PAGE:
- Scientific name: Melanogrammus aeglefinus
- Size: Up to 4ft in length and 25lbs.
- UK minimum size: 14ins/35cm
- UK shore caught record: 6lb 12oz
- IUCN Status: VU (Vulnerable)
- Distribution: Found on both sides of the Atlantic but more common on the European side. Relatively deep water fish that is rarely found in water of less than fifty metres. In UK waters located more towards the north of the British Isles.
- Feeds on: Much more selective feeder than the closely related cod. Generally takes shellfish and worms, with only bigger specimens hunting other fish.
- Description: Like all members of the cod family the haddock has three dorsal fins, the first of which is triangular. Distinctive black mark near to the pectoral fin which is known as the thumb print. Silvery grey/brown back fading to a cream/pale underbelly. Mouth smaller and lower set than in the cod. Lateral line is black and curves slightly upwards. Tail only slightly forked.
- Additional notes: Several other species are informally referred to as types of haddock. Opah is nicknamed Jerusalem Haddock, Pouting is nicknamed Scotch haddock in some parts of the UK, and there is a separate, unrelated species called Rose Fish which is sometimes known as Norway haddock. However, none of these species are related to the fish featured on this page.
Haddock are a shoaling species which favours deep, cold water. Most fully grown haddock will stay clear of shallow waters, although smaller immature haddock and the odd sizeable specimen can sometimes come quite close to the shore. Haddock are a fish of considerable commercial value and is one of the most commonly eaten fish in the UK. This has led to intense pressure on haddock stocks and an uncertain long-term future for this species.
There are separate stocks of European and North American haddock which do not intermix. Haddock in Europe are found in the colder waters of the North Sea, Baltic Sea and Barents Sea, and off the coasts of Iceland and Greenland. They are found further south in Europe off the Atlantic coasts of France, Spain and Portugal, although their preference for colder water means that they are found in smaller numbers in these locations and they are absent from the warmer waters of the Mediterranean Sea and the coasts of the African Continent. North American haddock stocks are primarily located around the coast of New England, although they can be found southwards as far as the coast of New Jersey. In Canadian waters they are found mainly around Nova Scotia, Newfoundland and in the Gulf of St. Lawrence.
Feeding and Reproduction
Haddock are demersal fish, meaning they live and feed on and around the seabed. However, the haddock is much more selective about what it eats than the cod, with small invertebrates, shellfish, worms and crabs making up the majority of its diet. They may occasionally hunt small fish such as sandeels and sprats, but this is not thought to be a major part of their diet. Haddock in European waters move to the seas around Iceland and Norway to breed in the spring, while populations around North America spawn in the Gulf of Maine. Millions of eggs are released and float on the surface of the water where they will hatch in around ten days to two weeks. The larvae live in the upper surface of the sea for a few weeks before moving down to the seabed to feed there. A young haddock can be six inches in length by the end of its first year of life.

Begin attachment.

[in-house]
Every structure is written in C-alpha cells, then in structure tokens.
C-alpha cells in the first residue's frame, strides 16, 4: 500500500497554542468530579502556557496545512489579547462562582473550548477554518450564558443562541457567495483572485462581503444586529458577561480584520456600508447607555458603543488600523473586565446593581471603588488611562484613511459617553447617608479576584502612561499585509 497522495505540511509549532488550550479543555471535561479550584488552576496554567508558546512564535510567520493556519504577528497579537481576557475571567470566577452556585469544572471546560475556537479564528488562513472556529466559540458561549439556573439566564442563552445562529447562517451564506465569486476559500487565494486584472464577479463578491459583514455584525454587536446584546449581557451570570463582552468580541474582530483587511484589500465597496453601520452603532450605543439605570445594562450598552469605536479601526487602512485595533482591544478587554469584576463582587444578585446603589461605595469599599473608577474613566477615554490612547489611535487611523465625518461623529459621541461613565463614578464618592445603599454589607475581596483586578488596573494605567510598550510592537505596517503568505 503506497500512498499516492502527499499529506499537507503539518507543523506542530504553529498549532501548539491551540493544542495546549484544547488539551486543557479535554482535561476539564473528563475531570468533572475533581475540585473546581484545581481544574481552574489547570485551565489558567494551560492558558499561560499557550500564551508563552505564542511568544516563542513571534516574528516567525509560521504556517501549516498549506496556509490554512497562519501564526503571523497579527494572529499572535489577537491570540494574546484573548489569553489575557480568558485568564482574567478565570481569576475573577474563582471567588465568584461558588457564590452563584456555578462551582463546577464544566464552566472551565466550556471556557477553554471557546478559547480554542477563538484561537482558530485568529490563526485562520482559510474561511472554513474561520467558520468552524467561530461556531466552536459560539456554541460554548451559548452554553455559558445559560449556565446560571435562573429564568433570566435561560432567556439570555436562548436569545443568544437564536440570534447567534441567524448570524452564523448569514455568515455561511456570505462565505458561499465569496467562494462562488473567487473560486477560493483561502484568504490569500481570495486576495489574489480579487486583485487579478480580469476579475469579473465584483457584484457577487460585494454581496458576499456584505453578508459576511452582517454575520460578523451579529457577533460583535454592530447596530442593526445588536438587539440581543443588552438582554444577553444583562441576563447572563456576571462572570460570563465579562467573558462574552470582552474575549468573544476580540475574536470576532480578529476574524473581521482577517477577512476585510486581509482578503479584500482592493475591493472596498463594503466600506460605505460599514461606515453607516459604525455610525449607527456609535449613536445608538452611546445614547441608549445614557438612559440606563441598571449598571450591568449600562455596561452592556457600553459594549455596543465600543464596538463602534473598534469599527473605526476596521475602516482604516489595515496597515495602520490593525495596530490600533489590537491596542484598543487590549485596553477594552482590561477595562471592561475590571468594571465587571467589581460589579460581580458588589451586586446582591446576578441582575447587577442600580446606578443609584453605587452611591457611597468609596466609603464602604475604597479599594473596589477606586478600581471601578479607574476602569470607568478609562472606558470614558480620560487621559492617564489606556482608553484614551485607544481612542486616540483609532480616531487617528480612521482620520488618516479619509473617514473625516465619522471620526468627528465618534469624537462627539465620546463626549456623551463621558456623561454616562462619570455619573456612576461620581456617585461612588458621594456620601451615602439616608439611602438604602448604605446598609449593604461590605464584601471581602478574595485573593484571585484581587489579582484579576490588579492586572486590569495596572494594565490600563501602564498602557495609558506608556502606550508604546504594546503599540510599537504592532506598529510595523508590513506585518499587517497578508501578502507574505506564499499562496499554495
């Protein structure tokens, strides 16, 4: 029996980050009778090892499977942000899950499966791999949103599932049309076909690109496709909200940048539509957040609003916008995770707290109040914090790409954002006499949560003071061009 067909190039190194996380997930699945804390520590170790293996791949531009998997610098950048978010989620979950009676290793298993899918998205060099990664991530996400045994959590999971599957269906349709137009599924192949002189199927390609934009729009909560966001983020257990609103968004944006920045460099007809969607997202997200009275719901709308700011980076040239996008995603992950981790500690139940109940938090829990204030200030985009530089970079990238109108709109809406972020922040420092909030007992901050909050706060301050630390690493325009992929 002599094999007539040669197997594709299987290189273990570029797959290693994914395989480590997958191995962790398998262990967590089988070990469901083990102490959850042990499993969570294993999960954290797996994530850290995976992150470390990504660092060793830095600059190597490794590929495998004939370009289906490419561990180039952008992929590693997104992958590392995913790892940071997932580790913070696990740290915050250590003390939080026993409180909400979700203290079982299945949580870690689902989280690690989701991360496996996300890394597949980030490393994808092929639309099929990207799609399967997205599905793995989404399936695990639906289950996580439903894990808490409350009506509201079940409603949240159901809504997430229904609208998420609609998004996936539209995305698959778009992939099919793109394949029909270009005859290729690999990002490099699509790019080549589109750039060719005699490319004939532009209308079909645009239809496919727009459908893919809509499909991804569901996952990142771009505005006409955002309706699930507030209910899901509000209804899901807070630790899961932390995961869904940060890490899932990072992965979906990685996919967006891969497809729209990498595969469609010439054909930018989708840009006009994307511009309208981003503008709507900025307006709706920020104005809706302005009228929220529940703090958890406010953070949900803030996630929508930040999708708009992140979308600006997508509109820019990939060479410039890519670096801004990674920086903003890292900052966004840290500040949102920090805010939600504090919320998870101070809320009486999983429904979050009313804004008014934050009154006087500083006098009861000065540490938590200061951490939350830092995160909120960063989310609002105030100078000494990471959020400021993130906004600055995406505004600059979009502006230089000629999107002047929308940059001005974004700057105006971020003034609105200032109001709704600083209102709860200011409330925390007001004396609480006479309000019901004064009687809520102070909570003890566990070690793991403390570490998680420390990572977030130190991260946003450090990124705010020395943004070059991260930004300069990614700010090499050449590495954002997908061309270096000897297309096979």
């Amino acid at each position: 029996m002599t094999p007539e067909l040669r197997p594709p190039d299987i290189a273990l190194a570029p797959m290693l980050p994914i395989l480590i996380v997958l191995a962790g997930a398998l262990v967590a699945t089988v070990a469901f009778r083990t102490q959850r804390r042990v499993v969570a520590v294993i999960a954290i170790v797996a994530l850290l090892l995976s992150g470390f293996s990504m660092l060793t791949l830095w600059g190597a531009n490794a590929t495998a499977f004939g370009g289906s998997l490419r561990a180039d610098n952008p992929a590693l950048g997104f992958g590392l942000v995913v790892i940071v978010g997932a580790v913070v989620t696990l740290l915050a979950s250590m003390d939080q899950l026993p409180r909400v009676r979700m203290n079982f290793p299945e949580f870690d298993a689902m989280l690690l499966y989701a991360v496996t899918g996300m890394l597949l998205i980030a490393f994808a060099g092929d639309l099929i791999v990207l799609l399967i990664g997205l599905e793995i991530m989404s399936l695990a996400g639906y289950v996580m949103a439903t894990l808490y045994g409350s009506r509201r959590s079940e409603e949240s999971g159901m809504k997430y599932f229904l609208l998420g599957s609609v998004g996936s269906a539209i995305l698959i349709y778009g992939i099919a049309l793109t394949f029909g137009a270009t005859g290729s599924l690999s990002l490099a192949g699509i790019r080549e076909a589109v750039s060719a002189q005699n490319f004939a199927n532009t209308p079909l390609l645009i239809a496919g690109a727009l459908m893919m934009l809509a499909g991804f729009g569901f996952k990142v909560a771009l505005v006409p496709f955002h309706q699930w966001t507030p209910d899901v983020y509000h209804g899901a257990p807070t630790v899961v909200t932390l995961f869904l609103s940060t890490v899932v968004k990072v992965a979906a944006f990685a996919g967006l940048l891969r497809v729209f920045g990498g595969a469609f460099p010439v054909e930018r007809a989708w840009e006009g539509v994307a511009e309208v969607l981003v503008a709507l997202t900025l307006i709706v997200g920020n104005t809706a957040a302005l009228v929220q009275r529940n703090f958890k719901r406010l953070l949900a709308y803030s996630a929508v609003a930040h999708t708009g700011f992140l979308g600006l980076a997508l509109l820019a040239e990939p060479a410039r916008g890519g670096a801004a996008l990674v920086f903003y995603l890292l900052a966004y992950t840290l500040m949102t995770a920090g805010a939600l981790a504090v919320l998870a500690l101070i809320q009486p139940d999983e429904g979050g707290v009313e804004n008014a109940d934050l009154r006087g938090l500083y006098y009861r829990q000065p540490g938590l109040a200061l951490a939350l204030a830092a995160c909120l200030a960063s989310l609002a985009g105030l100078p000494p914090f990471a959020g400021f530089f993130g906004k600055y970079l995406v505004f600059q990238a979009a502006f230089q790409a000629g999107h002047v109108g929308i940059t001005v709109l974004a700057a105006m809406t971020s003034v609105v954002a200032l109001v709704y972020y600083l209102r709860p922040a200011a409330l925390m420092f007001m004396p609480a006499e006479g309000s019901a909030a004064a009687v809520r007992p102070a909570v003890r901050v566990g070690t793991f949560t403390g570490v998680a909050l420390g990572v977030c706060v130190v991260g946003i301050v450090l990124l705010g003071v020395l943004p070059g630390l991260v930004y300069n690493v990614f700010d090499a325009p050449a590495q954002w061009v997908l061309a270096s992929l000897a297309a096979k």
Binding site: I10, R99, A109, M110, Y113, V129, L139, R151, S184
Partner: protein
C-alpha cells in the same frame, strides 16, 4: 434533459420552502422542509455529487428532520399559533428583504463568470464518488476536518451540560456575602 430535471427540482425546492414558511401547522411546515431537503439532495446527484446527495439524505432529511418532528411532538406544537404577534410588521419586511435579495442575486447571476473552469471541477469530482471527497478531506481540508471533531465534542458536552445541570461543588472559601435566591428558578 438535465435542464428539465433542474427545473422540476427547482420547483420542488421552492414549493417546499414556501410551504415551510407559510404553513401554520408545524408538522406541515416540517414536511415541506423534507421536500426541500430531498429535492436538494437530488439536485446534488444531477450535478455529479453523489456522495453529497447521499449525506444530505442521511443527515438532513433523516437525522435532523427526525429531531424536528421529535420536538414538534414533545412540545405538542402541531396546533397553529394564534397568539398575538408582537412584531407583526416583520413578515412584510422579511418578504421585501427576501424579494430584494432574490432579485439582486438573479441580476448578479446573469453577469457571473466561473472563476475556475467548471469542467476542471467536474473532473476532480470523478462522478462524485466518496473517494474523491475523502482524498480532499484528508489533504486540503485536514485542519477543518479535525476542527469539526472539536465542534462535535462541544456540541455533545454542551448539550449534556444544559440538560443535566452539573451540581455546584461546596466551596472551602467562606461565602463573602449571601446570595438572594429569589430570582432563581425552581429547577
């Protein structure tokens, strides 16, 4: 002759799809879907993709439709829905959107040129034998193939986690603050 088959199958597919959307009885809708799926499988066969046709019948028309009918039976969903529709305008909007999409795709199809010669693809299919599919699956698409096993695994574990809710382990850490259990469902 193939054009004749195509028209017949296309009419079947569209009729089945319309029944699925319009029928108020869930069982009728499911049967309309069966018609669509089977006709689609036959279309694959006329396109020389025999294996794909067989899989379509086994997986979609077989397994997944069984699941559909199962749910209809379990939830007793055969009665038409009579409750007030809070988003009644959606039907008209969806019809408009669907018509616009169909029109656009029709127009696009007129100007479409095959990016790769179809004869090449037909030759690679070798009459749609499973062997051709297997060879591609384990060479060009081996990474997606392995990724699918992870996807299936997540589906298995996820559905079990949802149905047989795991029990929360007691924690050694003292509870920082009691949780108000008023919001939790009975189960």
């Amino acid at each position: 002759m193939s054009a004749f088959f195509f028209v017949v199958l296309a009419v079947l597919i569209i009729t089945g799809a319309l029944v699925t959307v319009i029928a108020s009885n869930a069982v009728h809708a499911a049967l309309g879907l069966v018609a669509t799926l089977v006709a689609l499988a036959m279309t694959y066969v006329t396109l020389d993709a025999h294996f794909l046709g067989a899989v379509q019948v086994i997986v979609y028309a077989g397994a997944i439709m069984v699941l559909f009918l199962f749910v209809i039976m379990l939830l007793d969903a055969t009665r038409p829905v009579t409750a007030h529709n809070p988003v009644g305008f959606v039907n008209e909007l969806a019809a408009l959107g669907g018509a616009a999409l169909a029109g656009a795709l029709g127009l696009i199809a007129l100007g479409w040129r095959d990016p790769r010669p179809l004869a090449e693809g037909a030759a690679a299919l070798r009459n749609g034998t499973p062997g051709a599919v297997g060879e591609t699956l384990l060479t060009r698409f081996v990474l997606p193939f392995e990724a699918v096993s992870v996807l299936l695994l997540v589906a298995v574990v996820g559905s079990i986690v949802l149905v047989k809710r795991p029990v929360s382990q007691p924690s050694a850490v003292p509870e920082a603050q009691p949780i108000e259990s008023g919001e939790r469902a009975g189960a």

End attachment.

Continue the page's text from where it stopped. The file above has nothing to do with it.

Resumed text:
Like cod haddock are a very important commercial species, being a premium whitefish and one of the ‘Big Five’ species (along with cod, tuna, prawns and salmon) which make up 60% of all seafood consumed in Britain. Haddock are sold as whole fish on wet fish counters, and also as frozen or chilled fillets and also smoked, dried and canned. Like cod the haddock is a whitefish – meaning that its flesh forms into delicate, mild white flakes when it is cooked. However, smoked haddock is often dyed a yellow colour prior to being sold, leading to some people thinking that haddock have yellow flesh. The town of Grimsby in Lincolnshire, England is famous for its smoked haddock industry which still continues today, and the British/Indian dish of kedgeree is most often made with haddock.
Due to their high commercial value and their status current stock levels of haddock are under immense pressure. Haddock are currently classed as Vulnerable by the International Union for the Conservation of Nature, and have been added to Greenpeace’s Redlist of fish that are at high risk of being sourced from unsustainable fisheries. The outlook for this species is uncertain if commercial harvesting continues at current levels.
Methods and Techniques to Catch Haddock
The haddock’s preference of deeper water, and the fact that it is a fairly selective feeder (certainly when compared to the cod) explains why it is a relatively rare catch for shore-based sea anglers.The British shore caught record stands at 6lb 12oz and was caught by G. Stevenson at Loch Goil, Argyll and Bute, Scotland and has stood since 1976. The boat caught record is a fish of 13lb 11oz which was caught off the Cornish coast in 1978 by G. Bones.
Those that are caught usually go to anglers targeting cod with worm or shellfish baits, or a combination of the two. To be in with the best chance of catching a haddock the deepest water possible should be sought with areas around the north east of England and north and west Scotland offering the best chance of catching this species. However, other species such as cod and whiting are likely to dominate catches, meaning that anglers may have to put in a huge amount of time before they can tick a shoe caught haddock off their species list.